A penguin chick with a bad case of splayed legs is back on happy feet again thanks to his own wardrobe of special designer trousers.
Animal care staff at Scarborough Sea Life Centre discovered the problem when the chick was just three weeks old.
“It’s a common issue with many bird species, and their growth is so rapid it can result in a permanent disability unless treated quickly,” said resident expert Lyndsey Crawford.
“It was a result of some over-zealous parenting by first-time mum and dad Pinky and Kev,” she added. “Basically they sat on him a bit too heavily.”
The youngster has since been having regular fittings of specially tailored, tight fitting trousers made from an elasticated bandage-like material.
“We have also been sitting him in a shallow pot to help keep his legs in the right position and gradually correct his posture as he continued to grow.”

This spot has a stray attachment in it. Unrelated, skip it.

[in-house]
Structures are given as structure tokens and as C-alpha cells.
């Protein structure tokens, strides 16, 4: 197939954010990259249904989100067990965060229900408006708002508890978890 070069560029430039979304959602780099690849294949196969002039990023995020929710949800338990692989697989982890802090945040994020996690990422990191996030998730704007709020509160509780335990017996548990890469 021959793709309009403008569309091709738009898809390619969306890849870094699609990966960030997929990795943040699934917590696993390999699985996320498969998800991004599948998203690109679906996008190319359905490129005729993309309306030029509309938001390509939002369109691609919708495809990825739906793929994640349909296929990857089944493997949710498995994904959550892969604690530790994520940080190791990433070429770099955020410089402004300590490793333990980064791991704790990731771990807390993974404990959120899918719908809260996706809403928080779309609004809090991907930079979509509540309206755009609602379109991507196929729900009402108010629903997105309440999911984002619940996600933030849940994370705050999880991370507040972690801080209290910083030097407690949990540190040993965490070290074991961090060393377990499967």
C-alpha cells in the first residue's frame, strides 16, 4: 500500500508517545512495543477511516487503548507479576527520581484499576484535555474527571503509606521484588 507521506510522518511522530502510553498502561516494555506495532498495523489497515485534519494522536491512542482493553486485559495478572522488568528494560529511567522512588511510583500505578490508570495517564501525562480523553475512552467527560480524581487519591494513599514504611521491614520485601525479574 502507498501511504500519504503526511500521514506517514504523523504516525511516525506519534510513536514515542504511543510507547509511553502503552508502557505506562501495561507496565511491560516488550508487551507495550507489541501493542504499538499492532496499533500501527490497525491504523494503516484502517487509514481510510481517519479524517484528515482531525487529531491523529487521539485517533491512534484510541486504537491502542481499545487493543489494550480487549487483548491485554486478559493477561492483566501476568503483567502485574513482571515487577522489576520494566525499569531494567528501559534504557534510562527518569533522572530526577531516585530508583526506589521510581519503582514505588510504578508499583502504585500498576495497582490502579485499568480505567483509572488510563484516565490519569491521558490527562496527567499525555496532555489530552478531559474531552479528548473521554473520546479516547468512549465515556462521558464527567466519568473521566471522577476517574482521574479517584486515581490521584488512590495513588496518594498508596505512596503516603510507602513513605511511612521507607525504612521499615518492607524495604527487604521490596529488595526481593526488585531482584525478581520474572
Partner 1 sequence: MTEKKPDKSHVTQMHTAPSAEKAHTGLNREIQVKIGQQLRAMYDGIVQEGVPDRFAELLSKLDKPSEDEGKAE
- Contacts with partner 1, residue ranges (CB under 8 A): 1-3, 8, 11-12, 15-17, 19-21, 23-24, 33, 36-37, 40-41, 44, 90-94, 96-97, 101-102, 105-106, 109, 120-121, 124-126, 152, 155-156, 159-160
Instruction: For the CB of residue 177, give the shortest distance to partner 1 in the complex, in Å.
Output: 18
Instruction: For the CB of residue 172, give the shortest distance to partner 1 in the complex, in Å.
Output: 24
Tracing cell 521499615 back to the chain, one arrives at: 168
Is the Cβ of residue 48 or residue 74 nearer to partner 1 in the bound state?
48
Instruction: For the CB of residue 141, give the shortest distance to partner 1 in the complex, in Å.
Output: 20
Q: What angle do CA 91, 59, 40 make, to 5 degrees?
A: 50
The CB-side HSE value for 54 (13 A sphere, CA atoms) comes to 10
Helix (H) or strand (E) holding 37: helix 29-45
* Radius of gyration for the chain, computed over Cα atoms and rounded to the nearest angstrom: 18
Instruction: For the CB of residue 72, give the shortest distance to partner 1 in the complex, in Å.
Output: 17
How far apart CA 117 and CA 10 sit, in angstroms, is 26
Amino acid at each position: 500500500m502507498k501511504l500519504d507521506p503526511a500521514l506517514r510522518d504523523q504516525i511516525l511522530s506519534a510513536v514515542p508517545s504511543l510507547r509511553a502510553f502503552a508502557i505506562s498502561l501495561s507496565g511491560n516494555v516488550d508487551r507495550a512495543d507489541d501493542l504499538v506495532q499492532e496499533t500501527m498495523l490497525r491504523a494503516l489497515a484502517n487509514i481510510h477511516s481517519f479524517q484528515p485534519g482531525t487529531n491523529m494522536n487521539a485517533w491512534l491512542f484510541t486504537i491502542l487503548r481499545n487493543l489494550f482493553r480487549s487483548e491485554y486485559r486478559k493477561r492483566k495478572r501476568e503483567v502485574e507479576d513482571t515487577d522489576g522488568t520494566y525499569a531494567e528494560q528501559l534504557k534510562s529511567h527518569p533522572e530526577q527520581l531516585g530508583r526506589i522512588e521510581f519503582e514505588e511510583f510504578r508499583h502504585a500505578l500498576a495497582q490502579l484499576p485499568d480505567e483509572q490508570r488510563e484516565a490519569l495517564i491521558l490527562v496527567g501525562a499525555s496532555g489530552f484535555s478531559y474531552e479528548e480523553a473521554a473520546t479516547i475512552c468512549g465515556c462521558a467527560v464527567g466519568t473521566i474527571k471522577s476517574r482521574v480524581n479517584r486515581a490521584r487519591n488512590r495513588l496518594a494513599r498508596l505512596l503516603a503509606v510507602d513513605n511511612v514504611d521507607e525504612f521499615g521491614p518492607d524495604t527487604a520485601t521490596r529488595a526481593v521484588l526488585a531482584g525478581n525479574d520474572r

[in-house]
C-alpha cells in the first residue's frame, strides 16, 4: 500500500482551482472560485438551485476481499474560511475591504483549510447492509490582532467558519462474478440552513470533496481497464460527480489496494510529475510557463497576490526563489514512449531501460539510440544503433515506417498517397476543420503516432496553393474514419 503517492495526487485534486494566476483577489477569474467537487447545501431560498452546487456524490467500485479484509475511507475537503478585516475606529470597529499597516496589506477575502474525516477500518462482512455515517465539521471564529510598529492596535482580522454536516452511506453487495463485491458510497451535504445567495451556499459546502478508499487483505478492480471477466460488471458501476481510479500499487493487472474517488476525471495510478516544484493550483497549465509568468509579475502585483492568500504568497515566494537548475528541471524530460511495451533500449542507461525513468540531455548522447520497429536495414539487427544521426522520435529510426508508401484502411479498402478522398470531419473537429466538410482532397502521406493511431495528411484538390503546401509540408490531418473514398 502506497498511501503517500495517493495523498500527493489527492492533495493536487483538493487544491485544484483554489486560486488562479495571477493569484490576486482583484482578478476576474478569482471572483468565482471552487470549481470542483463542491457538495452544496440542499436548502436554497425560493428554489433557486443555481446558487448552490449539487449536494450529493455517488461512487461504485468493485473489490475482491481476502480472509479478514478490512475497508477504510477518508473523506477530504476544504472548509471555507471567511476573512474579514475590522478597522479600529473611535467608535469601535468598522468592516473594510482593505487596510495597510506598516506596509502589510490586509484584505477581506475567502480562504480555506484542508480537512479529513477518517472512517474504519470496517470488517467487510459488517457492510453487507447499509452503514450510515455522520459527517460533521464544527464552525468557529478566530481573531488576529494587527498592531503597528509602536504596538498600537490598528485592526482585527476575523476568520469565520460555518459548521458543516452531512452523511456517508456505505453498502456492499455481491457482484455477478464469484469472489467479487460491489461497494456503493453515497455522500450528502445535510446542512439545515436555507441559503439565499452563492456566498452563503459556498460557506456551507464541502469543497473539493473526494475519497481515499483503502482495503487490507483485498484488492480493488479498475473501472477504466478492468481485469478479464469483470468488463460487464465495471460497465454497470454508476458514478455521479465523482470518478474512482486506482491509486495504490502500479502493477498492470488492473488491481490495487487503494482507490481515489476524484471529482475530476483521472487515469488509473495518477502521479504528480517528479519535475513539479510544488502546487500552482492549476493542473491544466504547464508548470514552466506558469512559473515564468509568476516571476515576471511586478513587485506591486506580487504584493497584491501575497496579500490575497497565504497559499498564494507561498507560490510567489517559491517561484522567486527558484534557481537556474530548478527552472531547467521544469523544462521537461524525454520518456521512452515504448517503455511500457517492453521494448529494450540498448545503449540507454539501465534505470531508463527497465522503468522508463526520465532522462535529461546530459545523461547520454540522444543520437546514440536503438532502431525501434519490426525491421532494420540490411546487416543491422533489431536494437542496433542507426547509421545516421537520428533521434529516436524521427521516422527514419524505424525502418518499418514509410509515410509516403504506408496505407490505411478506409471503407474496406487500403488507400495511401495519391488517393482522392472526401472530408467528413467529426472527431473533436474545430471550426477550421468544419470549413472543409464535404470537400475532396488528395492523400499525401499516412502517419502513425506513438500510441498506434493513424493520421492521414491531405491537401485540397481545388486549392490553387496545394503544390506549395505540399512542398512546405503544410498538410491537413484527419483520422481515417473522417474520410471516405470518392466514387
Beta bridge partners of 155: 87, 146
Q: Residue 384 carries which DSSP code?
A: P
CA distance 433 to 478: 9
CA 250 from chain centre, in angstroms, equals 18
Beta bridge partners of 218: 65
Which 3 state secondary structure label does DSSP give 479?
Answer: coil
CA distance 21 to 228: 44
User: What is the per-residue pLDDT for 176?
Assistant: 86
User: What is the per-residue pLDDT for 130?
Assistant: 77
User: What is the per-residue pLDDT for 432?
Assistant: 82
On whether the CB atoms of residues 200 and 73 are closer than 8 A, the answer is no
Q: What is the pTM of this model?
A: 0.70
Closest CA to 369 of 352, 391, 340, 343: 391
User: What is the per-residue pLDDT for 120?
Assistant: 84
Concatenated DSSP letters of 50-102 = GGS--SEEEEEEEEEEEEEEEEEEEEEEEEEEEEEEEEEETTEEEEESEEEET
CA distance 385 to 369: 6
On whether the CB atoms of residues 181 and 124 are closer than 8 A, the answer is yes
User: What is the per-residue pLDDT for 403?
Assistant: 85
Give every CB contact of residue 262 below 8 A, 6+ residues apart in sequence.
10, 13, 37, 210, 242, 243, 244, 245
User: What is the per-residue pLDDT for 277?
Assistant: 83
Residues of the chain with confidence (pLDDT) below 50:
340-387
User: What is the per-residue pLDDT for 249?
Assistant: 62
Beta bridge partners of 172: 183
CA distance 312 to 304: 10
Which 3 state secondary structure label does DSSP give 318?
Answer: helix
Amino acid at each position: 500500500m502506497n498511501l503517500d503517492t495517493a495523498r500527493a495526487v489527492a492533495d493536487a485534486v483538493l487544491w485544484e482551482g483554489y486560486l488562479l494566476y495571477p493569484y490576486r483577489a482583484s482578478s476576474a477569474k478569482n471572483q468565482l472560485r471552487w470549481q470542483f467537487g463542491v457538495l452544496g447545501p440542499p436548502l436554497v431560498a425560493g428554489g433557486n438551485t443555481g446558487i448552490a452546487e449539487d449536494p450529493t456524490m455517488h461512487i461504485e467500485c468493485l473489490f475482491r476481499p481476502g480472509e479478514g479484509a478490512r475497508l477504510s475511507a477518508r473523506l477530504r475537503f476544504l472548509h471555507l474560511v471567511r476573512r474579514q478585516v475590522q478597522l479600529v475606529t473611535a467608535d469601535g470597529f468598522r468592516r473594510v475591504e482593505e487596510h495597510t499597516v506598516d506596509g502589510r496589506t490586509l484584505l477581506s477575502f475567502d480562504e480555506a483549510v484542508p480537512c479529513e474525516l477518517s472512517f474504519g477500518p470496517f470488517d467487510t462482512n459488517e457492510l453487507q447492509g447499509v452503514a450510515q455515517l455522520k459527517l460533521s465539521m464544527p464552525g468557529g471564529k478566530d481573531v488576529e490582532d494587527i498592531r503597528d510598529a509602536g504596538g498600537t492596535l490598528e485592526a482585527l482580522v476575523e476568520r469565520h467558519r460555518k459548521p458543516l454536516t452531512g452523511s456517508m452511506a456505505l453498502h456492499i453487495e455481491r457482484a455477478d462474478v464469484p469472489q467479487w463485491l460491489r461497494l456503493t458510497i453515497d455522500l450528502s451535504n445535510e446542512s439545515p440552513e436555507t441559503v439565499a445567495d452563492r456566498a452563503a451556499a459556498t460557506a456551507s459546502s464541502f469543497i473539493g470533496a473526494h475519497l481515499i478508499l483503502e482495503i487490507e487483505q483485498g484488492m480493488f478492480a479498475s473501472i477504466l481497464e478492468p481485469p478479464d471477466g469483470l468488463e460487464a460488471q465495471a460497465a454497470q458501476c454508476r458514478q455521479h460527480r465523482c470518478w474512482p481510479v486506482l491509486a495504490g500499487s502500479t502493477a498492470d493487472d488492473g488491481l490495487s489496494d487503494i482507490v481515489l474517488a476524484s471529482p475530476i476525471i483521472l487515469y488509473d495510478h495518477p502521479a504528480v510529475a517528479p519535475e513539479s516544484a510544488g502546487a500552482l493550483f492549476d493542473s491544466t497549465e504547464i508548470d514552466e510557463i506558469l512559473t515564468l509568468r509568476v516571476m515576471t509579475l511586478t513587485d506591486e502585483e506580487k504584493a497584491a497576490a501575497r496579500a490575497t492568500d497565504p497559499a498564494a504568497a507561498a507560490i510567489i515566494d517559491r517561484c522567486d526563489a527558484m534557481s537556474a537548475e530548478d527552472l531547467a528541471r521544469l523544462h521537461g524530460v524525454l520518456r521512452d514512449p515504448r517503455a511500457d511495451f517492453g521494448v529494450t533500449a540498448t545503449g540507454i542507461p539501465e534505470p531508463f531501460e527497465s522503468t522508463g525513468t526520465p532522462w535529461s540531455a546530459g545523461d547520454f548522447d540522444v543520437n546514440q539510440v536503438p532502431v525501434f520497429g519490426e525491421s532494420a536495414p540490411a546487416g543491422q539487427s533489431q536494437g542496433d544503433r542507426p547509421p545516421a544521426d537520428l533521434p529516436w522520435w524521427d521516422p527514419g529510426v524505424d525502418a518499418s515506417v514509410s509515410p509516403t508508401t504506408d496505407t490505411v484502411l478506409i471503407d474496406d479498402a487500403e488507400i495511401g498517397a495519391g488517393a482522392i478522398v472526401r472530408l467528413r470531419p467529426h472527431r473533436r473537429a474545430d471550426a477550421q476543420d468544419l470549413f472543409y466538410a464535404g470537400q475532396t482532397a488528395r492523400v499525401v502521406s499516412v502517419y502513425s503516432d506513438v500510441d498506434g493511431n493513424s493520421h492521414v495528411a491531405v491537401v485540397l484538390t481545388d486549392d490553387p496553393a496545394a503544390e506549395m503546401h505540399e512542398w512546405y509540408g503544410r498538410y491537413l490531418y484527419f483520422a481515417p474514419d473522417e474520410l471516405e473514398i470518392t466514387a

He has stayed with his parents throughout his unusual therapy and they have continued to feed him, unfazed by his extraordinary leg plumage!
Now nine weeks old and taking the occasional glimpse out of the nest box entrance, Lyndsey and her colleagues are thrilled that he has a full-working and perfectly penguin-like waddle.
Though a ‘he’ for the time being, the chick’s gender will not be known for certain until a DNA test is carried out as part of his next full veterinary check.
The other residents of the Sea Life Centre’s Humboldt penguin colony have shown a keen interest in the new arrival each time he has popped his head out.
“They are very social birds, greeting each other every morning and reinforcing the bond between them with regular bill tapping and mutual preening,” said Lyndsey.
“The chick is expected to emerge to meet his extended family properly in about a week’s time.”
He will truly be accepted by his fellow penguins when he is able to take to the water for the first time.
“He won’t be fully initiated until he is able to join them for their underwater formation swims a few weeks after that though,” she added.
Young penguins are unable to swim until their feathers are fully developed and have acquired the oily sheen that keeps them from getting sogged.
“He may have had a wobbly start to life with his legs,” said Lyndsey.
“But we don’t expect any problems with his water wings.”